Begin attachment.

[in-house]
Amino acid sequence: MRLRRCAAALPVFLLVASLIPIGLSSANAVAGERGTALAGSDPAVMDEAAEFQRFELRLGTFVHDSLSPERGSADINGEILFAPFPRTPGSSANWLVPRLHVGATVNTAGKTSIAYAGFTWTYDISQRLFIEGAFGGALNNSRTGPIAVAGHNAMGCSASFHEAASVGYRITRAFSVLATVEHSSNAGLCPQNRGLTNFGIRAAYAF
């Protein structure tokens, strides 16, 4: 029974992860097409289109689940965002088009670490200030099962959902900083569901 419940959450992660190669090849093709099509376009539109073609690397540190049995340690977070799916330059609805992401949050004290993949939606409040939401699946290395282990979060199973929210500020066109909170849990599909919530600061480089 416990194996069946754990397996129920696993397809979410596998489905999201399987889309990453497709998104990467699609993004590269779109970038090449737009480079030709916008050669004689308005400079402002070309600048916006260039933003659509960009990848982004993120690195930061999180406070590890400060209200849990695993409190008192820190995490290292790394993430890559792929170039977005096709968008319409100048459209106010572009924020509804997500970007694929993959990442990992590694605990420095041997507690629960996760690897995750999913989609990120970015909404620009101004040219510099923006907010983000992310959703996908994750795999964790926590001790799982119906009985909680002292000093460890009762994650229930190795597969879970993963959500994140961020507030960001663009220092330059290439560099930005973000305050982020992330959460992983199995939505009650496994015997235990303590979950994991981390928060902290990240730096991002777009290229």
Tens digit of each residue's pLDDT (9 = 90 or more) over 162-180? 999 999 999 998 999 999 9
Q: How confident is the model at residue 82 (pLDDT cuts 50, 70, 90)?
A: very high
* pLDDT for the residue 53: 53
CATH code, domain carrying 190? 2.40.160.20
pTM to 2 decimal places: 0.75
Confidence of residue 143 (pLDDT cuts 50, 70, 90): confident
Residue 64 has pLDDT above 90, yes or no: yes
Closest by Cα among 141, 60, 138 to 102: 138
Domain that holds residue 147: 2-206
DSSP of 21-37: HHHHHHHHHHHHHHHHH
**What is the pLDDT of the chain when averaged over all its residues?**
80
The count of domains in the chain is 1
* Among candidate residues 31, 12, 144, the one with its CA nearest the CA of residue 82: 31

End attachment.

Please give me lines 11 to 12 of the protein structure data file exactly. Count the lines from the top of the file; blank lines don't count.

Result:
Residue 64 has pLDDT above 90, yes or no: yes
Closest by Cα among 141, 60, 138 to 102: 138